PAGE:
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Complete Question Explanation

Must Be True. The correct answer choice is (C)

Since this is an ordinary fact-set stimulus and not an argument, the Must Be True question requires us to put the facts together in some meaningful way and come up with a valid conclusion.

The author states that in rheumatoid arthritis, the immune system malfunctions by attacking the joints. The resulting damage activates a hormone that causes swelling and pain, which is normally released only in reaction to injury or infection. Since the new drug seeks to alleviate these symptoms by inhibiting the functioning of the hormone responsible for them, we can expect that a patient taking the drug will not experience swelling and pain regardless of what their cause is. Answer choice (C) is therefore correct.

Answer choice (A): This answer concludes that the new drug will repair the cell damage caused by arthritis. The author's statements do not support this answer, since all we know about the drug is that it stops the function of the hormone responsible for pain and swelling.

Answer choice (B): The stimulus makes no mention of what the drug's side effects might be, which is why we cannot tell whether the benefits of taking it would outweigh the costs. This answer choice is therefore incorrect.

Answer choice (C): This is the correct answer choice. Since the drug inhibits a pain-inducing hormone that is normally released in response to joint injury, it will likely eliminate the symptoms of any joint damage, regardless of cause. If one has no pain or swelling, it might be impossible to know if injury has occurred. Notice the precision with which test makers expressed the likelihood of this occurrence: the patient could sustain a joint injury without becoming aware of it. We do not know whether the inhibited hormone is the only factor responsible for alerting the patient of any damage to her joints.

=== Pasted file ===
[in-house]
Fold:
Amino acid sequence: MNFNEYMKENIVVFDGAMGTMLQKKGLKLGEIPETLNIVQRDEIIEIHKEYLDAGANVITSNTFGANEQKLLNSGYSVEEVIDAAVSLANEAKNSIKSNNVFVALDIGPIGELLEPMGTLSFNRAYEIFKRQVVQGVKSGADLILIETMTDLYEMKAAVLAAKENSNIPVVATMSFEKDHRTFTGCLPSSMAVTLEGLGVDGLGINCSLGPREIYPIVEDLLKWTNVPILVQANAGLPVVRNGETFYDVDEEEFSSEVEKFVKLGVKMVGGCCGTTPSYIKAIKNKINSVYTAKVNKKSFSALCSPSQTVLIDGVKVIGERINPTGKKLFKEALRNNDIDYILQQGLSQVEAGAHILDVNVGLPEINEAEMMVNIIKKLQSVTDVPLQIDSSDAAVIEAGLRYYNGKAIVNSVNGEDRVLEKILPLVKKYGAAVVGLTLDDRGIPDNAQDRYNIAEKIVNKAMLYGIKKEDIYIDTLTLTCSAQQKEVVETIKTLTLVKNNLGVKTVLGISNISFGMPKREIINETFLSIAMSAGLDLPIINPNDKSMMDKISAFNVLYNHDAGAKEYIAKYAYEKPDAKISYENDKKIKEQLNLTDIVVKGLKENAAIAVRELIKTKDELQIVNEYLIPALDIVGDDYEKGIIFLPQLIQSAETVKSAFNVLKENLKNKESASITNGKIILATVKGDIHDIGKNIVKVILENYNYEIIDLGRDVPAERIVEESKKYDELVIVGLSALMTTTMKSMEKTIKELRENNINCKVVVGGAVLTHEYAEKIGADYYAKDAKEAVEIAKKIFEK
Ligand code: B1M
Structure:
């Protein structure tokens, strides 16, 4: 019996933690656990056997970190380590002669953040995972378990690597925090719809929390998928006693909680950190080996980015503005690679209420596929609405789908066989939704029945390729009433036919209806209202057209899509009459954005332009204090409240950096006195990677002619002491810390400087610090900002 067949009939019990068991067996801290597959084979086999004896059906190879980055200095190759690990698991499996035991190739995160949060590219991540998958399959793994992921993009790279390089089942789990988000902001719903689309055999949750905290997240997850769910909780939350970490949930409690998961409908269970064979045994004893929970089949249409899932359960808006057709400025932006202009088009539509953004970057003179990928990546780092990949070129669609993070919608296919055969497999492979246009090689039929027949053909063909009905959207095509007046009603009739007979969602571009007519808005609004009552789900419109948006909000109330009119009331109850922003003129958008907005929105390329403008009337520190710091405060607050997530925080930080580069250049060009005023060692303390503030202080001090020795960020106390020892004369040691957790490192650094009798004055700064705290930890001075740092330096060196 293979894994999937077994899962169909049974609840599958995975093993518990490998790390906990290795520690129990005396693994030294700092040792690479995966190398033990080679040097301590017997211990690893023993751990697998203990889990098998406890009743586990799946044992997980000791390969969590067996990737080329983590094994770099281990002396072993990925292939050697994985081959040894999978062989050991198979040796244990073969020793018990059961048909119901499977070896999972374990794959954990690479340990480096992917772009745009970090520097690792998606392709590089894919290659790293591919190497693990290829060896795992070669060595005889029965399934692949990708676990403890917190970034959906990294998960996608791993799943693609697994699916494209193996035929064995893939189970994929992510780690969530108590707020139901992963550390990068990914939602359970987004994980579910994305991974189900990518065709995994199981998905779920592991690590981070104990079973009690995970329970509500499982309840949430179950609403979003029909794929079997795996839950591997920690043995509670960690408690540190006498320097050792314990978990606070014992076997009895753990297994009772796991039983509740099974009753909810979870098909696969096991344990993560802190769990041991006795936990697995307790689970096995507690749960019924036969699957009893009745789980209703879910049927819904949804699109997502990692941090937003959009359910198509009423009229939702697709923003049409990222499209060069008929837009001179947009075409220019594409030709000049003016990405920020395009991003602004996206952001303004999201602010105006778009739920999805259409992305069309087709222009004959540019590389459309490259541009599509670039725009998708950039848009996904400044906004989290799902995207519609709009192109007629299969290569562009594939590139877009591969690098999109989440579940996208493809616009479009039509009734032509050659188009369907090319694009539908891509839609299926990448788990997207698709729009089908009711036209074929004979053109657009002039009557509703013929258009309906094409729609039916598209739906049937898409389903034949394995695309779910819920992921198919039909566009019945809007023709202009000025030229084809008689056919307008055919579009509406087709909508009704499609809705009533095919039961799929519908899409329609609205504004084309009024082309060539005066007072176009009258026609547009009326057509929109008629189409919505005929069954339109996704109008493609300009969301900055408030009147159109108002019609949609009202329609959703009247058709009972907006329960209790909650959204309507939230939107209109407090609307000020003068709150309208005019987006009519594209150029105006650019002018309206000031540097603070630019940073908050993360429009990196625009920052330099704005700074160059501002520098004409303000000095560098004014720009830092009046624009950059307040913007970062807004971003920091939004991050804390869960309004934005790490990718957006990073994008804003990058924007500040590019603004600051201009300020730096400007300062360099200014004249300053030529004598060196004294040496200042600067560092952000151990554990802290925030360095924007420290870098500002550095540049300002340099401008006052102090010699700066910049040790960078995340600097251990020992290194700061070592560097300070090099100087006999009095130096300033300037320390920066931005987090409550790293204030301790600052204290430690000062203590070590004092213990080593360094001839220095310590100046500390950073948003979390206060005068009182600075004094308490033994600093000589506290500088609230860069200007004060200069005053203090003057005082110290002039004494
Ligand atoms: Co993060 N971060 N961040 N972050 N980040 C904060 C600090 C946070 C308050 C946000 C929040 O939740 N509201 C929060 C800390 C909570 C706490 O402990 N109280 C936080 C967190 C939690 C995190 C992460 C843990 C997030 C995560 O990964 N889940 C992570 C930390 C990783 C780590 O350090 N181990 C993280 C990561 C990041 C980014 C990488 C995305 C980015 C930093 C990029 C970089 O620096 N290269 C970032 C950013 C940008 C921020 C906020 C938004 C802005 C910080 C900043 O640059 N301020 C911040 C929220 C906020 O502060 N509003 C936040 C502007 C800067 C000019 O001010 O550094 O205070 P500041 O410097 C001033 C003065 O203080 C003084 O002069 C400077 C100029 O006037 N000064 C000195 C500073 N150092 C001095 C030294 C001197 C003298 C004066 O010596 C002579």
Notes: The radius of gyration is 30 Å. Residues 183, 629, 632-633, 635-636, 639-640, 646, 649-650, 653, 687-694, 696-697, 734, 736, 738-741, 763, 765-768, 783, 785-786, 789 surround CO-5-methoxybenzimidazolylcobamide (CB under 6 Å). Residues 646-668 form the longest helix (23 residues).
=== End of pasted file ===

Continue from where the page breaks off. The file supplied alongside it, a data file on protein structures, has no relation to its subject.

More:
Answer choice (D): Hopefully you were able to discount this answer choice pretty quickly. The drug's only stated ability is to inhibit a hormone released during joint damage. Lupus and diabetes are different diseases that cause damage to other parts of the body and cause completely different symptoms, which may or may not be caused by the same hormone. This answer choice is incorrect.

Answer choice (E): The author does not indicate whether this drug can be used to treat other joint-related diseases. If any other joint disease causes cell damage that releases the hormone in question, it is perfectly possible that such disease would be affected by this medication. This answer choice is incorrect.
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As I was reviewing this question, I know that answer choice C is the correct answer however how can stating that the patient can sustain a joint injury without becoming aware of it be supported by the stimulus? The stimulus says that the new medication will inhibit the function of the hormone that causes pain and swelling. With that said, the patient can therefore experience other symptoms of a joint injury such as bruising while taking the medication and become aware of it. Perhaps I've misinterpreted the stimulus. If you can please clarify I would very much appreciate it! Thank you in advance!
 Jonathan Evans
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Hi, Zem,

Let's discuss the statements in the stimulus, the question stem itself, and the answer choice itself.

From the statements, we know the hormone is normally activated only in reaction to injury or infection, and the medicine inhibits the functioning of this hormone.

This information should help you generate a strong prephrase about the connection of which the answer will treat. Given the relationship between the medicine's inhibition of this hormone and the hormone's typical function to indicate injury or infection, you can expect that the answer will note what might happen should someone both be taking this medicine and experience an injury or infection.

Answer (C) is the only plausible candidate to match the information in the stimulus.

Further, consider the question stem: "The statements above, if true, most strongly support which one of the following conclusions?"

It is notable that this question stem instructs you not to find "if the statements above are true, which of the following must also be true on the basis of them," but instead what is "most strongly" supported. Without a doubt, there is clear "support" for answer (C) in the stimulus.

Further, the instructions for the LR section notes: "[Y]ou are to choose the best answer; that is, the response that most accurately and completely answers the question. You should not make assumptions that are by commonsense standards implausible, superfluous, or incompatible with the passage."

While you could argue that your assumption that an injured person could note bruising is both plausible and compatible with the passage, the LSAT writer could retort that such an assumption is in fact superfluous.

Lastly, the answer itself indicates only that it is possible that someone on the new medication could sustain a joint injury without becoming aware of it. The answer clearly only indicates that such an occurrence is plausible according to the information contained in the stimulus, which it certainly is.

I hope this helps.

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